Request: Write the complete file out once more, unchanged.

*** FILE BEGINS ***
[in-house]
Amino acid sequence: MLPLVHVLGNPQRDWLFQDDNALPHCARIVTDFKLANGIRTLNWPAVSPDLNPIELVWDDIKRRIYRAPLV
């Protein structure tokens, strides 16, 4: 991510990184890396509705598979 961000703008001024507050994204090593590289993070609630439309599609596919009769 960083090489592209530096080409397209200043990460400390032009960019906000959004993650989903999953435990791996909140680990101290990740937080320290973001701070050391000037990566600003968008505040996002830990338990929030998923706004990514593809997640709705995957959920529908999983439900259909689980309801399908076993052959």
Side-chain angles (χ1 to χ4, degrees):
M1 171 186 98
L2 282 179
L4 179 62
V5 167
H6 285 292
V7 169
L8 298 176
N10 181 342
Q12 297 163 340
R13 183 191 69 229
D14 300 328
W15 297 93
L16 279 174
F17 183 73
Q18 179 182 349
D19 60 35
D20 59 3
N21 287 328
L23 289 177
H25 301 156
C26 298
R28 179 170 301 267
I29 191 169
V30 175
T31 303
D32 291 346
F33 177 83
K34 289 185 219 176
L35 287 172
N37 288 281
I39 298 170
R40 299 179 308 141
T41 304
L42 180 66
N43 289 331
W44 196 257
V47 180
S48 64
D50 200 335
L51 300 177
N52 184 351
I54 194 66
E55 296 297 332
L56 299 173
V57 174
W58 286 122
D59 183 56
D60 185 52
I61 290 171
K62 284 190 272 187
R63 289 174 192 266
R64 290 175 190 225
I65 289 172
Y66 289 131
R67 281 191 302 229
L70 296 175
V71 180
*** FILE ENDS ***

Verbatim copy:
[in-house]
Amino acid sequence: MLPLVHVLGNPQRDWLFQDDNALPHCARIVTDFKLANGIRTLNWPAVSPDLNPIELVWDDIKRRIYRAPLV
């Protein structure tokens, strides 16, 4: 991510990184890396509705598979 961000703008001024507050994204090593590289993070609630439309599609596919009769 960083090489592209530096080409397209200043990460400390032009960019906000959004993650989903999953435990791996909140680990101290990740937080320290973001701070050391000037990566600003968008505040996002830990338990929030998923706004990514593809997640709705995957959920529908999983439900259909689980309801399908076993052959």
Side-chain angles (χ1 to χ4, degrees):
M1 171 186 98
L2 282 179
L4 179 62
V5 167
H6 285 292
V7 169
L8 298 176
N10 181 342
Q12 297 163 340
R13 183 191 69 229
D14 300 328
W15 297 93
L16 279 174
F17 183 73
Q18 179 182 349
D19 60 35
D20 59 3
N21 287 328
L23 289 177
H25 301 156
C26 298
R28 179 170 301 267
I29 191 169
V30 175
T31 303
D32 291 346
F33 177 83
K34 289 185 219 176
L35 287 172
N37 288 281
I39 298 170
R40 299 179 308 141
T41 304
L42 180 66
N43 289 331
W44 196 257
V47 180
S48 64
D50 200 335
L51 300 177
N52 184 351
I54 194 66
E55 296 297 332
L56 299 173
V57 174
W58 286 122
D59 183 56
D60 185 52
I61 290 171
K62 284 190 272 187
R63 289 174 192 266
R64 290 175 190 225
I65 289 172
Y66 289 131
R67 281 191 302 229
L70 296 175
V71 180